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  •  December 17, 2012, 08:12 PM

    When we first started using Twitter as a medium to promote our forum and our ideas, we tweeted a few prominent journalists to enquire as to whether they could consider supporting us. One of the journalists, Mehdi Hasan, who writes for the Guardian, New Statesmen and Huffington Post, and appears on the BBC and Al Jazeera, responded as follows:

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    Mehdi Hasan has in the past written in support of ex-Muslims being persecuted for leaving Islam, so it was quite sad to receive this response.

    In a 2011 report produced by the Council of Ex-Muslims and One Law For All titled 'Enemies Not Allies', the bigotry, threats, violent rhetoric and anti-Muslim hatred of groups like the EDL was highlighted. It also described how they used concerns over extreme interpretations of Islam and the desire by some Islamists to institute forms of sharia arbitration courts in Britain to demonise all Muslims and foment an atmosphere of collective hatred.

    The Forum of Ex-Muslims saw the EDL for exactly what it is from the moment it was born. In 2009 the EDL started its campaigning and were given short shrift by ex-Muslims on our boards. The attitude of collective guilt and punishment radiates from the rhetoric and assumptions of the EDL. Innocent Muslims and non Muslims felt intimidated and frightened by the aggression and demonisation that was their defining character. They made the atmosphere of society worse – both provoking a fearfulness in Muslims and emboldening Islamists and Salafis who posited their aggression as a useful threat to increase their own righteous power. Tensions in cities escalated as a result.

    So you can understand how absurd and dismissive it is to be likened to this bigoted firm of hooligans.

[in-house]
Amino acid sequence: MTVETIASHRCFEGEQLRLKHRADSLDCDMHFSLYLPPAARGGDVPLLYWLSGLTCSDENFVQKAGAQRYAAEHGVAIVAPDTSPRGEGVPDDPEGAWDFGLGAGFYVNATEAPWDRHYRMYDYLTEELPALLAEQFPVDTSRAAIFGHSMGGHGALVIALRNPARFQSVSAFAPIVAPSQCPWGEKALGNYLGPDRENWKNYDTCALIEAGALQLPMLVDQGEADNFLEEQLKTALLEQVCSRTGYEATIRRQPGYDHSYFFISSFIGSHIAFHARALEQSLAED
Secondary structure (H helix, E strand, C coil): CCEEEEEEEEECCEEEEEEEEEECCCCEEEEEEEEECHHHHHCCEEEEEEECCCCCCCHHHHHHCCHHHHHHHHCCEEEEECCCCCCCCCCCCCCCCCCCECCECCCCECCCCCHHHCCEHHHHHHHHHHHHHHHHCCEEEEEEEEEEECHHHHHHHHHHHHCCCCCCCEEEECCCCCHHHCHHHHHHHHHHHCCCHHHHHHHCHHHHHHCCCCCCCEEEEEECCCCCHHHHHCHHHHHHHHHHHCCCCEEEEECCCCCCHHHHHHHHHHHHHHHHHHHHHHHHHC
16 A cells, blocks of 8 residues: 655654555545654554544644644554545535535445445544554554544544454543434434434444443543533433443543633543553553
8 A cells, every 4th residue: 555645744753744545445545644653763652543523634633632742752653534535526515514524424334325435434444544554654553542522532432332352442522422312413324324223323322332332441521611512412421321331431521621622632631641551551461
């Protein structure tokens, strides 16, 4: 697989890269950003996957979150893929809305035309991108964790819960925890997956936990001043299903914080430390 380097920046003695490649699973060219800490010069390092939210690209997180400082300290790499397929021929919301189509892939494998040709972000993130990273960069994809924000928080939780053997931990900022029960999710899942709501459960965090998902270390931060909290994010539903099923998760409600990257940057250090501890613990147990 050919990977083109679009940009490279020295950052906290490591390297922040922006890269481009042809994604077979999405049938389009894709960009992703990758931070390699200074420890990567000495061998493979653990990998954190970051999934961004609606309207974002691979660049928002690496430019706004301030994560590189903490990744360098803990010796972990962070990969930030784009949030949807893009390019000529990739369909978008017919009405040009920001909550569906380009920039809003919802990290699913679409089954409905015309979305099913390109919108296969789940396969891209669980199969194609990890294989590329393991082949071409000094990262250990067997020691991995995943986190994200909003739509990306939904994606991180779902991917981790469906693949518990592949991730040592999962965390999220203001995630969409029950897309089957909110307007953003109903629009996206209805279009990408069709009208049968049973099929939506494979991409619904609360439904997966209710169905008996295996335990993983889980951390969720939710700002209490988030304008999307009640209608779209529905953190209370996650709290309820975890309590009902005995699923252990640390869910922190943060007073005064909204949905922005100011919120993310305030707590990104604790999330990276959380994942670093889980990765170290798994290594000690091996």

But it was not surprising.

    Accusing ex-Muslim voices critical of Islam as being motivated by Islamophobia and 'EDL-esque' hate is today a standard reflex amongst many to the free expression of ex-Muslim conscience. And it isn't just some Muslims who seek to use this line of ad hominem to essentially render criticism of Islam as being in and of itself a form of bigoted hate speech. Its often a reflex response amongst non Muslim liberals too.

    Ex-Muslims believe that there are aspects of Islam that like any religion need to be scrutinised and criticised. To assert this is not to say that Islam is 'evil'. It is to say that Islam is a man made religion created at a certain time and place in history that requires certain beliefs and precepts to change to make it compatible with modernity, liberal ideas and free conscience. To describe Islam as 'evil' is to utilise the rhetoric of religion itself – to engage in a simplistic way of thinking.

    Religions are products of societies – and just as societies can change, so can religions. Christianity, Judaism and Hinduism have all had reformist movements that sought to change aspects of belief and dogma inimical to what reformists believed was just and truthful in modern times.

    And religious change includes ending blasphemy taboos, notions of heresy, the persecution and demonisation of apostates, and theological assent to the idea that those who leave a religion and criticise it deserve to have violence or death inflicted on them.